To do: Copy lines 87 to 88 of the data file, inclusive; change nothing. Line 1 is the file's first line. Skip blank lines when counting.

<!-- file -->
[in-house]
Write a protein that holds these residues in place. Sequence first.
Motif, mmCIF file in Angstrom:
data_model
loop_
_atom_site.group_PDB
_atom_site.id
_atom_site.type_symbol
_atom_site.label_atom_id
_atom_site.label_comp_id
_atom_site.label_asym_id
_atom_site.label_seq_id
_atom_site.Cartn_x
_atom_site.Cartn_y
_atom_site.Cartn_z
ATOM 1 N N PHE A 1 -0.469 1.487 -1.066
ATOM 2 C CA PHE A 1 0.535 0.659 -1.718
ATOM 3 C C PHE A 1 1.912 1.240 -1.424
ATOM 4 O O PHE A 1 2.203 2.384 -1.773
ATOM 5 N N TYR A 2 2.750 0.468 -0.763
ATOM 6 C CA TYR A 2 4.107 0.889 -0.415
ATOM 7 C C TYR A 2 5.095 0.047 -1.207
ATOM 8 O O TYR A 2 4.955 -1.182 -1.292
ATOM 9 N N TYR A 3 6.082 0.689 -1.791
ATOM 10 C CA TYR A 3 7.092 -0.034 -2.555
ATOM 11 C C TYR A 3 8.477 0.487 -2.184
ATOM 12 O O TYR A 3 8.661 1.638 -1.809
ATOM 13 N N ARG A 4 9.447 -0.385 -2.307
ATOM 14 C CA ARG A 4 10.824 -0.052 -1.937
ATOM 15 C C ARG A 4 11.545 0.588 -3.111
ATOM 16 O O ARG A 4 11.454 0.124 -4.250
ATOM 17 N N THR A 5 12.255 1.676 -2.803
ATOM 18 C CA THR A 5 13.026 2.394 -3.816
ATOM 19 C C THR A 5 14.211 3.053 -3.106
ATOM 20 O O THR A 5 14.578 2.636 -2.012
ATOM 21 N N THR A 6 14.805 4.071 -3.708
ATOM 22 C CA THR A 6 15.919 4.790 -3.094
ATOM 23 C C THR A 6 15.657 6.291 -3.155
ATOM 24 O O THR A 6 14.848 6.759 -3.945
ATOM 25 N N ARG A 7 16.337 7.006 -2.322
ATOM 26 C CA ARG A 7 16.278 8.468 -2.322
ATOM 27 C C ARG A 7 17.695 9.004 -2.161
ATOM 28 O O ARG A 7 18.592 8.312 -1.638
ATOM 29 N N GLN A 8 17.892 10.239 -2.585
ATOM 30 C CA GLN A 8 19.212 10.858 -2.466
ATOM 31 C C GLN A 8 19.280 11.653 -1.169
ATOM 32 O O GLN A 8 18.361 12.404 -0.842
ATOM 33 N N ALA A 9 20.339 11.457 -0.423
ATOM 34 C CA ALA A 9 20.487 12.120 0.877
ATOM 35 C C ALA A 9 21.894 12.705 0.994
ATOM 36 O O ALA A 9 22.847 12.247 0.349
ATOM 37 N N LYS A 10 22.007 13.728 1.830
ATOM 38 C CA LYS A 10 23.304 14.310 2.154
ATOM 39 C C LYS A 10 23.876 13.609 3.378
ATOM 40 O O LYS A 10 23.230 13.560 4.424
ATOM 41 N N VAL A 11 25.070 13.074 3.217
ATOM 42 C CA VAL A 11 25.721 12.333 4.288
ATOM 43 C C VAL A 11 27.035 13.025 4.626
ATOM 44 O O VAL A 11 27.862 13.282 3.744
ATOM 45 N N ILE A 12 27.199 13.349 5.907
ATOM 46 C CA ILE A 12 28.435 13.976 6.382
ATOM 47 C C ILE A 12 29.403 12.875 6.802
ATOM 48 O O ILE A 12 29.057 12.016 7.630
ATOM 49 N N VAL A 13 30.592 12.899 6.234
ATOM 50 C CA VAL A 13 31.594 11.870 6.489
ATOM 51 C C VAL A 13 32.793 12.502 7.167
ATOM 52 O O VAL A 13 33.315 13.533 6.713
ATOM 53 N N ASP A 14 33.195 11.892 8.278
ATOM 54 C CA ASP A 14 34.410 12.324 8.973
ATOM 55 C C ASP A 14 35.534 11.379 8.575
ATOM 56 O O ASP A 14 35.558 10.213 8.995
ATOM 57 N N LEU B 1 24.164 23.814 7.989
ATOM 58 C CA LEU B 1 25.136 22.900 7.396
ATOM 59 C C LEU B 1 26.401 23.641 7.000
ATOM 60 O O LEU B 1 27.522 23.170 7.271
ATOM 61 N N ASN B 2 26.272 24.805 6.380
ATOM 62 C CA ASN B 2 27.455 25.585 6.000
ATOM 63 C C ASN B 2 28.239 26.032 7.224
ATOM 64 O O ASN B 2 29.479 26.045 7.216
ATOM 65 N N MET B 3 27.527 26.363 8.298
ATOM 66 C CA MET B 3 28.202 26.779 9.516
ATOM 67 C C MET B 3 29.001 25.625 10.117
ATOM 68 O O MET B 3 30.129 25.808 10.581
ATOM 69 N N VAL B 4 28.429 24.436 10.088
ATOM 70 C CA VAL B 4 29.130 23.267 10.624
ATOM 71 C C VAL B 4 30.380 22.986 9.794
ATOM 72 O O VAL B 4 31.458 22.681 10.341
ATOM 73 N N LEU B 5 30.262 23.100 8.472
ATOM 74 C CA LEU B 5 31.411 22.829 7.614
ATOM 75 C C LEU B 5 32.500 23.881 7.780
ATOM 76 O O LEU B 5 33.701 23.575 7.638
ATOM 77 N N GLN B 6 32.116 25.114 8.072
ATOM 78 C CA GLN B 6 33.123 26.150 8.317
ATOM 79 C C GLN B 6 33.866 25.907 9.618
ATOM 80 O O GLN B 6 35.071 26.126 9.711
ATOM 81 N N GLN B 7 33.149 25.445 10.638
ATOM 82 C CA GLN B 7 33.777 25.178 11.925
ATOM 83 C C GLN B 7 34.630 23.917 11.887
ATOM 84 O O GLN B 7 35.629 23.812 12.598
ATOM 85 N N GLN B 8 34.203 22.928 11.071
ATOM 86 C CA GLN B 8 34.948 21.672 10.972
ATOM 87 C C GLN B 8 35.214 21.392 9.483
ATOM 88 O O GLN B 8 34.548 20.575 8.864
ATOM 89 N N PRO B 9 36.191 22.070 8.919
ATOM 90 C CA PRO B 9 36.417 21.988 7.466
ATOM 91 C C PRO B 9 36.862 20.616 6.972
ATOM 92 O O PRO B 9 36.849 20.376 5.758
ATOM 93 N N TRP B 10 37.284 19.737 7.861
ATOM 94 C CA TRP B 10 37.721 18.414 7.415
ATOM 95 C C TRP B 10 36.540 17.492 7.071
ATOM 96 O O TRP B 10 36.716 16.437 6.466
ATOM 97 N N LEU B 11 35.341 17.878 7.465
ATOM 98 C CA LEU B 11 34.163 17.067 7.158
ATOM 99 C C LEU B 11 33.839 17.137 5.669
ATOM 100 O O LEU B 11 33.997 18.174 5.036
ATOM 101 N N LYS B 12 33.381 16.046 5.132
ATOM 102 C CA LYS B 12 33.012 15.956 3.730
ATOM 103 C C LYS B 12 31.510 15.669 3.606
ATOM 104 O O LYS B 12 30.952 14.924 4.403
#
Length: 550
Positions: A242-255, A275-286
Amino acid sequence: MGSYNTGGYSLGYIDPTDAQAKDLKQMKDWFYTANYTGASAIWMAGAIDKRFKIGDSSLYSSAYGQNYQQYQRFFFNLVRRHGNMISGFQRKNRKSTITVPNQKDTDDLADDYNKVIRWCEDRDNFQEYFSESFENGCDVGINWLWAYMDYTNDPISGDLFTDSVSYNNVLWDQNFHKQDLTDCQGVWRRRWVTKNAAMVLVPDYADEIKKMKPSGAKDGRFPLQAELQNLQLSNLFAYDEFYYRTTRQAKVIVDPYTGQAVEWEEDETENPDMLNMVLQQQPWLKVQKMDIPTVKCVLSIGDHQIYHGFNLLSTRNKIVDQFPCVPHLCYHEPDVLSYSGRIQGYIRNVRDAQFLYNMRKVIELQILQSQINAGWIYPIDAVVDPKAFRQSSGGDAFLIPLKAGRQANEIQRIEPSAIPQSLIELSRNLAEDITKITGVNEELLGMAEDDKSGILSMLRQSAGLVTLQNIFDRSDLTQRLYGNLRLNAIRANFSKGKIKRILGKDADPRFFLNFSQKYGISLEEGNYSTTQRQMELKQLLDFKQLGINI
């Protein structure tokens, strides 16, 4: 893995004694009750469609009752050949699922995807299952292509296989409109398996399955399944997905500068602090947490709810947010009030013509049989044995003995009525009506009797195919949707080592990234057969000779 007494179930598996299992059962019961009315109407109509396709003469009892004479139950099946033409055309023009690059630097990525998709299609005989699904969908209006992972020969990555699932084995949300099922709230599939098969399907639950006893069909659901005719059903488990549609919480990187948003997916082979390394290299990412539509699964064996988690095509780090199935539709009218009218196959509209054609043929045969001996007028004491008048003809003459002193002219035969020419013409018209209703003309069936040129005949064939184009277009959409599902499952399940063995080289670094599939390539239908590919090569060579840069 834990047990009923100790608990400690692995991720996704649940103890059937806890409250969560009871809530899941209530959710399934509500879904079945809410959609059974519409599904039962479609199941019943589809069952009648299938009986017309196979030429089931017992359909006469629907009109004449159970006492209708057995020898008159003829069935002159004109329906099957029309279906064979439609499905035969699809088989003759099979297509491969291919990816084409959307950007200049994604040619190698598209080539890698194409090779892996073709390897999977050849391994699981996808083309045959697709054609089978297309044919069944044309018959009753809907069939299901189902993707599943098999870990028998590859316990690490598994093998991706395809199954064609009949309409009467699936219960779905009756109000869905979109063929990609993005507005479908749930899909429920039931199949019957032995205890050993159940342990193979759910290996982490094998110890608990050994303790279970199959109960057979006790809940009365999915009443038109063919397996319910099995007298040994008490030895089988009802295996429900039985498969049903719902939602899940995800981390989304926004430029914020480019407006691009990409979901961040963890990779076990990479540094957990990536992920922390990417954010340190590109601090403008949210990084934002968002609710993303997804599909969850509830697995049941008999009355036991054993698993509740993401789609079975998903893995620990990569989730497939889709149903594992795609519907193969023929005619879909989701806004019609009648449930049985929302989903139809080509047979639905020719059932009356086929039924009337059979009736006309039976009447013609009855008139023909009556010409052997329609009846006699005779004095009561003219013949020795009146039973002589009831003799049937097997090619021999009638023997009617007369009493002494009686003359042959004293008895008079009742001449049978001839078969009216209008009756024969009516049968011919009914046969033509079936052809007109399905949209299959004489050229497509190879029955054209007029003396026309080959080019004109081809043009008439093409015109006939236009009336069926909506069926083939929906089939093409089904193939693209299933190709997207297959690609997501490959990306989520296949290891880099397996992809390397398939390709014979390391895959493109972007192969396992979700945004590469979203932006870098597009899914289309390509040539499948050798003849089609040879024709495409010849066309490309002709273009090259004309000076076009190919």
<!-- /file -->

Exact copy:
ATOM 72 O O VAL B 4 31.458 22.681 10.341
ATOM 73 N N LEU B 5 30.262 23.100 8.472